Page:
The temperature sensor 104 is mounted proximate to the conductor connections 110, near one end of the circuit breaker 100. The temperature sensor 104 senses, or detects, heat radiated by the conductor connections 110 when coupled to the power conductors 112. The temperature sensor 104 is communicatively coupled to the controller 106 for transmitting temperature data related specifically to power conductor connections. According to one embodiment, the temperature sensor 104 is an analog temperature sensor that outputs temperature data via an analog-to-digital converter, or other appropriate interface, to the circuit breaker's microprocessor-based controller 106. Optionally, more than one temperature sensor 104 can be mounted in the circuit breaker 100.

The controller 106 is communicatively coupled to the trip unit 108 and, optionally, to a data communication network. In an alternative embodiment, the controller 106 is located external to the enclosure 102. The data communication network can be a local network or a wide area network, such as the Internet.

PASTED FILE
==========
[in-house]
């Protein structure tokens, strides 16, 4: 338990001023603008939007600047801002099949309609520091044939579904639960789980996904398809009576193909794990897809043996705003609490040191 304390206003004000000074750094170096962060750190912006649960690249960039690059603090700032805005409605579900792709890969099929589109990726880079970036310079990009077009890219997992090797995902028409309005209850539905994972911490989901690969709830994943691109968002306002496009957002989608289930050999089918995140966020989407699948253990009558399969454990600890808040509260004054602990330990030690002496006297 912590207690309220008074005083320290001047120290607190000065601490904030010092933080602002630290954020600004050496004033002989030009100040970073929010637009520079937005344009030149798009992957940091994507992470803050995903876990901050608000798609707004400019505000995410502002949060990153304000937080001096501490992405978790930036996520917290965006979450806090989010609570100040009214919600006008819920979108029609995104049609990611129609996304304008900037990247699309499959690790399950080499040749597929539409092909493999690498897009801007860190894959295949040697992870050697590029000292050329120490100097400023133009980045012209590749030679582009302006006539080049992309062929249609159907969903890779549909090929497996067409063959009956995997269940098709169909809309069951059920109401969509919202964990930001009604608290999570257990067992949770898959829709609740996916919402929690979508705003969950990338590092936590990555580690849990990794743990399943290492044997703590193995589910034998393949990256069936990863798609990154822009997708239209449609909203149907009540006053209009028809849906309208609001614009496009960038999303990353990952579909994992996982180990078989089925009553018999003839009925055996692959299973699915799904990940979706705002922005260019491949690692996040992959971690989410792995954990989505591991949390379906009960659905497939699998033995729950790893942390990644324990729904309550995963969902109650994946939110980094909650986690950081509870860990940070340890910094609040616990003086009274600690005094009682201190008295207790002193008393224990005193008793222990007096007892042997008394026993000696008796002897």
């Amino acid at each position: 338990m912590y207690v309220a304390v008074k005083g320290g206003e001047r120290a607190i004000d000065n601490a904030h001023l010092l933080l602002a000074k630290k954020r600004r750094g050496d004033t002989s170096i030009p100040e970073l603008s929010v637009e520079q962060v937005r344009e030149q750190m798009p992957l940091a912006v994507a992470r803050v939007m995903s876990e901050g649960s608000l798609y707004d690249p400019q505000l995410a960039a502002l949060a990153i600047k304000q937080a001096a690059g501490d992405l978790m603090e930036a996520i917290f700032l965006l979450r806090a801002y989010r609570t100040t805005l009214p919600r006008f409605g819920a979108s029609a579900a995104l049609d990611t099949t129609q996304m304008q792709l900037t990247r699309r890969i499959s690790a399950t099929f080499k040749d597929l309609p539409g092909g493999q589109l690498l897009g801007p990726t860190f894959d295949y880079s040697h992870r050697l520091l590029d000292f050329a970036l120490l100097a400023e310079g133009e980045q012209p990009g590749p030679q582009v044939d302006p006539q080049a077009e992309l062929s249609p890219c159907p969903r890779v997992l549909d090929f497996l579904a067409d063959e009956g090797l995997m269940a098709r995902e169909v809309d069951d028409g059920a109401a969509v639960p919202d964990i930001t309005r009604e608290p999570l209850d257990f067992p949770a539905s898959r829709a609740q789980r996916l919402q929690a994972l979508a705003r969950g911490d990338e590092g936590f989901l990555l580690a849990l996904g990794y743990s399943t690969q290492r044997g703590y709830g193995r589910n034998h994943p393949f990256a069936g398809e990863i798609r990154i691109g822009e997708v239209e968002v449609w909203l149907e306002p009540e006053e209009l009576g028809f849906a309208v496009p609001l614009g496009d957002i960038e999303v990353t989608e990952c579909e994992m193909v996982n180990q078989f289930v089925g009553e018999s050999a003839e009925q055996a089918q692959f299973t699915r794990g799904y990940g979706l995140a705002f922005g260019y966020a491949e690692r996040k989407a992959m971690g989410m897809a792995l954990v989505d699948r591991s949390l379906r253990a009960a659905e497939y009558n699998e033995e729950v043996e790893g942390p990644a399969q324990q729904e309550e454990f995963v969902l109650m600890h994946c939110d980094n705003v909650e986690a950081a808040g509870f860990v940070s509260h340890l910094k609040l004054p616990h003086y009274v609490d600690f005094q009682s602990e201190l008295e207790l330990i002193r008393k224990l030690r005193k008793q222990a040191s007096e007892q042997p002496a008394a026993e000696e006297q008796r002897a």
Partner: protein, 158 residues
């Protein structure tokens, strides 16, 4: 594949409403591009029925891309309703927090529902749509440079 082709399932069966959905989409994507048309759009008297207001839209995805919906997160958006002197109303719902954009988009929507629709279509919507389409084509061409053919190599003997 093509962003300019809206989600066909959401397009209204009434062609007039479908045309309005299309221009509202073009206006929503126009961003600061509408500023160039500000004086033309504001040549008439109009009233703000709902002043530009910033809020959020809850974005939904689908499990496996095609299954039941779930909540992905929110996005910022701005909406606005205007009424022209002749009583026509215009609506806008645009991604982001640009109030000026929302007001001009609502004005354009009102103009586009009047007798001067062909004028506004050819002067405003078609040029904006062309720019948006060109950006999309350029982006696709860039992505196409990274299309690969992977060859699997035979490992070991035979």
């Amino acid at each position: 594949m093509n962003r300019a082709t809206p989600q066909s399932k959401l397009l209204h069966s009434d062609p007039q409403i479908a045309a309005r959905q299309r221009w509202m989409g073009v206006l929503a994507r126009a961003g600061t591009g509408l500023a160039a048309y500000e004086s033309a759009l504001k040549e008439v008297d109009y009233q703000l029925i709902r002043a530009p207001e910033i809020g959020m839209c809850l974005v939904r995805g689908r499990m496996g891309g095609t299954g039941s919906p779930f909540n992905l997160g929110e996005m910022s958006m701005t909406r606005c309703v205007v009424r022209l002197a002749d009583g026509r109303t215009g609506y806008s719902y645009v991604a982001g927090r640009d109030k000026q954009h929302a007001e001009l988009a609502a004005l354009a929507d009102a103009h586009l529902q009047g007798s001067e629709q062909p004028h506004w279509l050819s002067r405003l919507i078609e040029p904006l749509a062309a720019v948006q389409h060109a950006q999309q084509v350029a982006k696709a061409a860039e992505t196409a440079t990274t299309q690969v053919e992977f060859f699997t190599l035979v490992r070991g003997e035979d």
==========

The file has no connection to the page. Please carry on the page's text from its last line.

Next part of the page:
Based on the temperature data received from the temperature sensor 104, the controller 106 can be programmed to instruct the trip unit 108 to take an appropriate action. For example, if the temperature data includes a temperature value that is greater than a maximum allowable temperature, the controller 106 can make a determination based on pre-defined algorithms to perform a tripping action (i.e., remove electrical contact between a movable contact and a stationary contact of the circuit breaker). In general, the pre-defined algorithms can distinguish between a normal temperature increase due to higher load currents and an abnormal temperature increase characteristic of a defective conductor connection.

Temperature values received from the temperature sensor 104 can be stored in a memory for future retrieval, or made available for immediate access via a data communications link. For example, the memory can be included in the controller 106 or can be separate from the controller 106.